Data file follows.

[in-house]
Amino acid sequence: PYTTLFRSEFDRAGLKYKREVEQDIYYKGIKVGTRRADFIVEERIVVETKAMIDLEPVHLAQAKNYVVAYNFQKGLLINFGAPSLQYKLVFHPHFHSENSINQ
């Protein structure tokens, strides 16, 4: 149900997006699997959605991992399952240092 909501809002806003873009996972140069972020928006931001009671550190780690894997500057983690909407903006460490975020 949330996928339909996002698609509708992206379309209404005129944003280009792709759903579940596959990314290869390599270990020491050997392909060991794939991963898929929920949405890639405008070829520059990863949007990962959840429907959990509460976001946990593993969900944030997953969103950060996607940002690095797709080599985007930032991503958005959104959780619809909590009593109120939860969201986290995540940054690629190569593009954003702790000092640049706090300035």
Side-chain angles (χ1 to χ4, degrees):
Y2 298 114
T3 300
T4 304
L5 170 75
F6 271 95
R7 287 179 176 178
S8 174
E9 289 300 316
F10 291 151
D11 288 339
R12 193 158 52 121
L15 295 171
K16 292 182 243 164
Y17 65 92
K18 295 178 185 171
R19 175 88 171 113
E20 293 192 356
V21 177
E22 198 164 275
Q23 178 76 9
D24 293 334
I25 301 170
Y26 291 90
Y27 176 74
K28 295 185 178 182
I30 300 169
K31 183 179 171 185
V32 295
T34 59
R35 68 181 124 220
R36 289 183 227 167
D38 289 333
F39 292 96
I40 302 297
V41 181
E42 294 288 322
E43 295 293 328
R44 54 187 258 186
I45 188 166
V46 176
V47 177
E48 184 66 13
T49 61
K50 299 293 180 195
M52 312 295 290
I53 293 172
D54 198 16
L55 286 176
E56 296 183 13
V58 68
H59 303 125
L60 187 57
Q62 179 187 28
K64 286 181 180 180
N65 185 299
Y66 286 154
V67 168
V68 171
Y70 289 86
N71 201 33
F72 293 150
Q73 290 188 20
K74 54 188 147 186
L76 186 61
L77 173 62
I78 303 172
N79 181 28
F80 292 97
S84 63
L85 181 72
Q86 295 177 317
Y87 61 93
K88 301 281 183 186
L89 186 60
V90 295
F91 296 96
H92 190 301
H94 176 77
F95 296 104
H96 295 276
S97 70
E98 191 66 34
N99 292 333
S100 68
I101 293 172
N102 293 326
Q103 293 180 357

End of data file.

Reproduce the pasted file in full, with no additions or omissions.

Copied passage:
[in-house]
Amino acid sequence: PYTTLFRSEFDRAGLKYKREVEQDIYYKGIKVGTRRADFIVEERIVVETKAMIDLEPVHLAQAKNYVVAYNFQKGLLINFGAPSLQYKLVFHPHFHSENSINQ
């Protein structure tokens, strides 16, 4: 149900997006699997959605991992399952240092 909501809002806003873009996972140069972020928006931001009671550190780690894997500057983690909407903006460490975020 949330996928339909996002698609509708992206379309209404005129944003280009792709759903579940596959990314290869390599270990020491050997392909060991794939991963898929929920949405890639405008070829520059990863949007990962959840429907959990509460976001946990593993969900944030997953969103950060996607940002690095797709080599985007930032991503958005959104959780619809909590009593109120939860969201986290995540940054690629190569593009954003702790000092640049706090300035």
Side-chain angles (χ1 to χ4, degrees):
Y2 298 114
T3 300
T4 304
L5 170 75
F6 271 95
R7 287 179 176 178
S8 174
E9 289 300 316
F10 291 151
D11 288 339
R12 193 158 52 121
L15 295 171
K16 292 182 243 164
Y17 65 92
K18 295 178 185 171
R19 175 88 171 113
E20 293 192 356
V21 177
E22 198 164 275
Q23 178 76 9
D24 293 334
I25 301 170
Y26 291 90
Y27 176 74
K28 295 185 178 182
I30 300 169
K31 183 179 171 185
V32 295
T34 59
R35 68 181 124 220
R36 289 183 227 167
D38 289 333
F39 292 96
I40 302 297
V41 181
E42 294 288 322
E43 295 293 328
R44 54 187 258 186
I45 188 166
V46 176
V47 177
E48 184 66 13
T49 61
K50 299 293 180 195
M52 312 295 290
I53 293 172
D54 198 16
L55 286 176
E56 296 183 13
V58 68
H59 303 125
L60 187 57
Q62 179 187 28
K64 286 181 180 180
N65 185 299
Y66 286 154
V67 168
V68 171
Y70 289 86
N71 201 33
F72 293 150
Q73 290 188 20
K74 54 188 147 186
L76 186 61
L77 173 62
I78 303 172
N79 181 28
F80 292 97
S84 63
L85 181 72
Q86 295 177 317
Y87 61 93
K88 301 281 183 186
L89 186 60
V90 295
F91 296 96
H92 190 301
H94 176 77
F95 296 104
H96 295 276
S97 70
E98 191 66 34
N99 292 333
S100 68
I101 293 172
N102 293 326
Q103 293 180 357